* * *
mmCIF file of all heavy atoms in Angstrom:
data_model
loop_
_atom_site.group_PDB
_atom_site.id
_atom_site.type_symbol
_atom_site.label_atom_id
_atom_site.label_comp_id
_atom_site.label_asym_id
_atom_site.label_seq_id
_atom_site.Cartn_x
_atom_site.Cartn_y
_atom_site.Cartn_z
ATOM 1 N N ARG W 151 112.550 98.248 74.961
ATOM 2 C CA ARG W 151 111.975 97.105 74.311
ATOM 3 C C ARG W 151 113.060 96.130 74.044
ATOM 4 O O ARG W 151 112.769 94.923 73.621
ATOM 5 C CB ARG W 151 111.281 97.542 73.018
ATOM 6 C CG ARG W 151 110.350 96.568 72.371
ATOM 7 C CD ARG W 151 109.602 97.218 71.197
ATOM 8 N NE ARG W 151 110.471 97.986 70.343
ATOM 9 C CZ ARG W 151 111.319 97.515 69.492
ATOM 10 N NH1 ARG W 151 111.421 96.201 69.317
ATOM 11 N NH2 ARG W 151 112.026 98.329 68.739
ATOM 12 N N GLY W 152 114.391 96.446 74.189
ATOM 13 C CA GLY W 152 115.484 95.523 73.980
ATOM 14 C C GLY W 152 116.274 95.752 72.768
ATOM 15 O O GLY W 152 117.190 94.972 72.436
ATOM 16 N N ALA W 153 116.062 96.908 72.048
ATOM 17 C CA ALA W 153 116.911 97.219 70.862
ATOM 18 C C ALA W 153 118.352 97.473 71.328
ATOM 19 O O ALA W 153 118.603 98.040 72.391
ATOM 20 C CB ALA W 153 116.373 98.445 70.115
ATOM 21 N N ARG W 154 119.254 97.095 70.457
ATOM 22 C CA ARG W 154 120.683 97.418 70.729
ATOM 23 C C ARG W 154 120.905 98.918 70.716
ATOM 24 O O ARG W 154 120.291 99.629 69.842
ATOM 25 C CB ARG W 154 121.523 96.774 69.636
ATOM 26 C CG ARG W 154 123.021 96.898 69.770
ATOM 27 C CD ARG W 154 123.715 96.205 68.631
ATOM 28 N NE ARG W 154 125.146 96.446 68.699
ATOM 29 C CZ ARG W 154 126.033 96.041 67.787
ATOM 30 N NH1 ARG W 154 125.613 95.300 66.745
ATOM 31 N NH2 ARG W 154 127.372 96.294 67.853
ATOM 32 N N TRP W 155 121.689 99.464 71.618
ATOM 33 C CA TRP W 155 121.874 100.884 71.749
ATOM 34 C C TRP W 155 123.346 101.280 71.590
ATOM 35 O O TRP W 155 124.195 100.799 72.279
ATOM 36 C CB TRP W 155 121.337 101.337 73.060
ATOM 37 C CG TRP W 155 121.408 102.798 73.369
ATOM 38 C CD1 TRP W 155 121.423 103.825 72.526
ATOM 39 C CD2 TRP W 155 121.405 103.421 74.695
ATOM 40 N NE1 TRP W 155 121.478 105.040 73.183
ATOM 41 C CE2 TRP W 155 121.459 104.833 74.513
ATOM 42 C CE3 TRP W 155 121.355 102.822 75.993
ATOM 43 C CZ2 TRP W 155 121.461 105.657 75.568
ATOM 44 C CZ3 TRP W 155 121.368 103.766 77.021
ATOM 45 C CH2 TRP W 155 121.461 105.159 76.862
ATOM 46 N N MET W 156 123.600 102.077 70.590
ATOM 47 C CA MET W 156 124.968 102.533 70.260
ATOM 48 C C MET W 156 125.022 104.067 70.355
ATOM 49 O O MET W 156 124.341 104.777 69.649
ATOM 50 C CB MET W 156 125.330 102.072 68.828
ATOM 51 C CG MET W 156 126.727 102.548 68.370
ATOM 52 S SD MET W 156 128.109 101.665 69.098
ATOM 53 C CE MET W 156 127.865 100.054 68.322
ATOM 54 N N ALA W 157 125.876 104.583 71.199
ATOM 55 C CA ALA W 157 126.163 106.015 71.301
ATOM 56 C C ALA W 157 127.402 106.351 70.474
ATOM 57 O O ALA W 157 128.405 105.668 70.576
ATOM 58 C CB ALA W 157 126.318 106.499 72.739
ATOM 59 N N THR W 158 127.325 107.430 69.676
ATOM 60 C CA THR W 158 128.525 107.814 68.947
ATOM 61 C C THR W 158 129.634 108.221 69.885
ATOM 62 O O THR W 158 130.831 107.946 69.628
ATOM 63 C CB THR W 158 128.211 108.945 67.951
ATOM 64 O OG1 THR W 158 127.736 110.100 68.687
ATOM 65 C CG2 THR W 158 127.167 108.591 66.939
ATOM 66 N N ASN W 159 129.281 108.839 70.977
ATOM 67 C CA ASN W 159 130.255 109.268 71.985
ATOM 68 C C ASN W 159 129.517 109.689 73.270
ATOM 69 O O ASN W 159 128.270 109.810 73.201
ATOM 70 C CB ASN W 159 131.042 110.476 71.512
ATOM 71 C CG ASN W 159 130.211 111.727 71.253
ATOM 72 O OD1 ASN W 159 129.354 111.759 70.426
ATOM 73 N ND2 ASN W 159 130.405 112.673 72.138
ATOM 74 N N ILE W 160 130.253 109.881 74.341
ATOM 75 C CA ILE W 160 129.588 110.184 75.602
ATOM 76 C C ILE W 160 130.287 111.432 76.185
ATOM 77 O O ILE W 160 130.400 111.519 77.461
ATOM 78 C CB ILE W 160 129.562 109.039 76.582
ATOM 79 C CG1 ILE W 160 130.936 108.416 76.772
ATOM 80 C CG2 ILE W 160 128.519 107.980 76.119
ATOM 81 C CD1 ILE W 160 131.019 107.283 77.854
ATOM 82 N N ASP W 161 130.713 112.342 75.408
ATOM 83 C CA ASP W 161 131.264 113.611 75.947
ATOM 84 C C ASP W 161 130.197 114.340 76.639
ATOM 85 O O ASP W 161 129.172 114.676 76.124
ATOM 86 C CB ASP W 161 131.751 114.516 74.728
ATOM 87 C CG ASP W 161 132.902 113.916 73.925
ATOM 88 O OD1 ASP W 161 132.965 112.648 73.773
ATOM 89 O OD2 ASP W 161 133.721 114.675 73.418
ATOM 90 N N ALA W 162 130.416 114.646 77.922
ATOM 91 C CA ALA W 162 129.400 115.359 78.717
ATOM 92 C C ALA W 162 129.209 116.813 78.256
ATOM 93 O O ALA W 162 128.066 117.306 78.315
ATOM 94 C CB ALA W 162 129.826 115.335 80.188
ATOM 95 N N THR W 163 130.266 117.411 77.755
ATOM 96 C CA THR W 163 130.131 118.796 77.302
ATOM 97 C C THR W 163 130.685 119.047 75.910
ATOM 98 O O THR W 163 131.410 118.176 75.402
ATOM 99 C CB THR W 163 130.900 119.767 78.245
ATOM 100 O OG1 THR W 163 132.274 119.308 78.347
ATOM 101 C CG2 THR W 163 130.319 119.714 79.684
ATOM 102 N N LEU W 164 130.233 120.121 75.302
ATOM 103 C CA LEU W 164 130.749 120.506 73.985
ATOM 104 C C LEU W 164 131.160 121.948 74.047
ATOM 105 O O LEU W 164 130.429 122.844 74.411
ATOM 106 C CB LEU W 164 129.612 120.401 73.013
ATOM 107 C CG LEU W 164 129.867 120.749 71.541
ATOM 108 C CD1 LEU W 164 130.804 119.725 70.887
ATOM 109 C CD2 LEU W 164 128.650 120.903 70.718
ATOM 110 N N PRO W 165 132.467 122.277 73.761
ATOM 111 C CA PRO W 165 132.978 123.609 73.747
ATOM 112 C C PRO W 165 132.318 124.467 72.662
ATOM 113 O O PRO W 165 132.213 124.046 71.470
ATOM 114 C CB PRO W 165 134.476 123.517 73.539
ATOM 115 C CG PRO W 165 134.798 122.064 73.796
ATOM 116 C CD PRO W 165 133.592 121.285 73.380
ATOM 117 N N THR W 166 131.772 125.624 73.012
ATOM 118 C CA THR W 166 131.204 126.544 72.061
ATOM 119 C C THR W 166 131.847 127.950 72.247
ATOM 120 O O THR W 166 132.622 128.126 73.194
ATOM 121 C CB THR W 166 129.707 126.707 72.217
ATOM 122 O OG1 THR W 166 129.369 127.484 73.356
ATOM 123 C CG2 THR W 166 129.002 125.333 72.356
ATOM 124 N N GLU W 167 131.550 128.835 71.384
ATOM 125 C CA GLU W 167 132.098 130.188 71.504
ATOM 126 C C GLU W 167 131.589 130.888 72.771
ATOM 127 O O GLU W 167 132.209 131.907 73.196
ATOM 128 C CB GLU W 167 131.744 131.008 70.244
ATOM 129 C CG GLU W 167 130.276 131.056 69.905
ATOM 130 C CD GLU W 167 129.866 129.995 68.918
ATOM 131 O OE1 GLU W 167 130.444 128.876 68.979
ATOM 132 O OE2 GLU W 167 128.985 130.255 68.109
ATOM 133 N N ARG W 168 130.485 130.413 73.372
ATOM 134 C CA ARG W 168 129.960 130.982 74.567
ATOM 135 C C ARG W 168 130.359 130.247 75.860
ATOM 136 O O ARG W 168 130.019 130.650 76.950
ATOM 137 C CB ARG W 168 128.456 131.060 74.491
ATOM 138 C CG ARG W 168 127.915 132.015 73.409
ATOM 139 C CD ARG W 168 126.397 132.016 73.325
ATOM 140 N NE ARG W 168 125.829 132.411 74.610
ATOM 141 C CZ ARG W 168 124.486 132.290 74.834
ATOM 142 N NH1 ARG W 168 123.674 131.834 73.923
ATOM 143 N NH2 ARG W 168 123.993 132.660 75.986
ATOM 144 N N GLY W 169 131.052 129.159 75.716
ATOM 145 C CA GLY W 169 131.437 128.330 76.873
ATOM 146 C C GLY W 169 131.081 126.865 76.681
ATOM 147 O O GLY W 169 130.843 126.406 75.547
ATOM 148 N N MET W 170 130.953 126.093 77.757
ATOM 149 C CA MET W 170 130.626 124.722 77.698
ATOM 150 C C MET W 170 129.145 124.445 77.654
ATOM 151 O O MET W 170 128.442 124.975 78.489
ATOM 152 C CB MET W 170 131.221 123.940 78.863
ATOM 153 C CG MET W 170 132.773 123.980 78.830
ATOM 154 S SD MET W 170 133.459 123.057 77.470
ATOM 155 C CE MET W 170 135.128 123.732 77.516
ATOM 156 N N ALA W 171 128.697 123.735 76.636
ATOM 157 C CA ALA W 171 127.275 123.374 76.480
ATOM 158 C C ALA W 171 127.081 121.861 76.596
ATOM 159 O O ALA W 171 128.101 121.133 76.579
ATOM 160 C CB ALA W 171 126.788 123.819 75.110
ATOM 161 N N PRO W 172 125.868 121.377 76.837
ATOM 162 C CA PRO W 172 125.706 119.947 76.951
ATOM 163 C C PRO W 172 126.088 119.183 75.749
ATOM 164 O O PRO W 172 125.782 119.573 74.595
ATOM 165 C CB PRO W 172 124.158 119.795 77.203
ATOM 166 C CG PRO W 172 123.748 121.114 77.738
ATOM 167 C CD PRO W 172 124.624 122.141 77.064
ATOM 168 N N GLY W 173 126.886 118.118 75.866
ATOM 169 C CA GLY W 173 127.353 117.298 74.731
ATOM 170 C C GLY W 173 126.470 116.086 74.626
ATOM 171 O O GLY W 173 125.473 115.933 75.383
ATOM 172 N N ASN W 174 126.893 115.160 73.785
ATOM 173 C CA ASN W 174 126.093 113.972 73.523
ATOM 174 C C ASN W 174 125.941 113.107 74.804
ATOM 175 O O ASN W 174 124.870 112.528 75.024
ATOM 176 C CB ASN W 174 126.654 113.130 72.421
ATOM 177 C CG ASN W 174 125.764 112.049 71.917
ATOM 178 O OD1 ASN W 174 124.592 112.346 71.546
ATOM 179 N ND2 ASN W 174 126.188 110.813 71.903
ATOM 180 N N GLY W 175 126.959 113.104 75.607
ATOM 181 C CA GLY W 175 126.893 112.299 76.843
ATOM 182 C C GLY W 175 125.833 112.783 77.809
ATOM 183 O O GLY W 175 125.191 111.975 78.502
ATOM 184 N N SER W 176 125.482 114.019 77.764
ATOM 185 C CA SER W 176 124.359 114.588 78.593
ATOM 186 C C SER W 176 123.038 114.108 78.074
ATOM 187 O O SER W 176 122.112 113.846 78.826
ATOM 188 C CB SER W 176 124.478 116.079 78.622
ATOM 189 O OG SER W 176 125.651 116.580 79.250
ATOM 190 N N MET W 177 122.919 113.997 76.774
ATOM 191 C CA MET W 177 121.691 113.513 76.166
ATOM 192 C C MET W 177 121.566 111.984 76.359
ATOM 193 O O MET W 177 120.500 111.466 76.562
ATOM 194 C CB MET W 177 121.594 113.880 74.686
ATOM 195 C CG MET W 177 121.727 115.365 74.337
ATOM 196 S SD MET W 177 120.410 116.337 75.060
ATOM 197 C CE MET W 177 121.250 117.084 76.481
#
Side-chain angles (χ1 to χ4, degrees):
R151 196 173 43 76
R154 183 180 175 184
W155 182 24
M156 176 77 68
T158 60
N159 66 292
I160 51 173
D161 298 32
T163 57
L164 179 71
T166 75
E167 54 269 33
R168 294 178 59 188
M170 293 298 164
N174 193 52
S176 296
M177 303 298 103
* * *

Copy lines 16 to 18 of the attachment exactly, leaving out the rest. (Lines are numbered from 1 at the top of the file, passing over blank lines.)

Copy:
ATOM 3 C C ARG W 151 113.060 96.130 74.044
ATOM 4 O O ARG W 151 112.769 94.923 73.621
ATOM 5 C CB ARG W 151 111.281 97.542 73.018